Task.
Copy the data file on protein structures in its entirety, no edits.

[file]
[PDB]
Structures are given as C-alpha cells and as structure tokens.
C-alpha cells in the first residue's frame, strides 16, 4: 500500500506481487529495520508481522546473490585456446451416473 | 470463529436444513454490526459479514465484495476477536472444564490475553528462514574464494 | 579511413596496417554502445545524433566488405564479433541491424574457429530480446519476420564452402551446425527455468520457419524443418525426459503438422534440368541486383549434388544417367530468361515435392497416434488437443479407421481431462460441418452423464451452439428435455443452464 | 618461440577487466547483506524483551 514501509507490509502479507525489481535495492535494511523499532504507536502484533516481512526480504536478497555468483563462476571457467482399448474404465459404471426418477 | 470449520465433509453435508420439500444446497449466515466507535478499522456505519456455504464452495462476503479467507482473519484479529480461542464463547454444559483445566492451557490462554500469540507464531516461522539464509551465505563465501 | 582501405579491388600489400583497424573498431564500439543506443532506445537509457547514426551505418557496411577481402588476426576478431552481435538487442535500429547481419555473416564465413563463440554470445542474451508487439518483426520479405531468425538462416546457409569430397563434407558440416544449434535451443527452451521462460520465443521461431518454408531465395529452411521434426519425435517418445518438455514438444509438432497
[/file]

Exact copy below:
[PDB]
Structures are given as C-alpha cells and as structure tokens.
C-alpha cells in the first residue's frame, strides 16, 4: 500500500506481487529495520508481522546473490585456446451416473 | 470463529436444513454490526459479514465484495476477536472444564490475553528462514574464494 | 579511413596496417554502445545524433566488405564479433541491424574457429530480446519476420564452402551446425527455468520457419524443418525426459503438422534440368541486383549434388544417367530468361515435392497416434488437443479407421481431462460441418452423464451452439428435455443452464 | 618461440577487466547483506524483551 514501509507490509502479507525489481535495492535494511523499532504507536502484533516481512526480504536478497555468483563462476571457467482399448474404465459404471426418477 | 470449520465433509453435508420439500444446497449466515466507535478499522456505519456455504464452495462476503479467507482473519484479529480461542464463547454444559483445566492451557490462554500469540507464531516461522539464509551465505563465501 | 582501405579491388600489400583497424573498431564500439543506443532506445537509457547514426551505418557496411577481402588476426576478431552481435538487442535500429547481419555473416564465413563463440554470445542474451508487439518483426520479405531468425538462416546457409569430397563434407558440416544449434535451443527452451521462460520465443521461431518454408531465395529452411521434426519425435517418445518438455514438444509438432497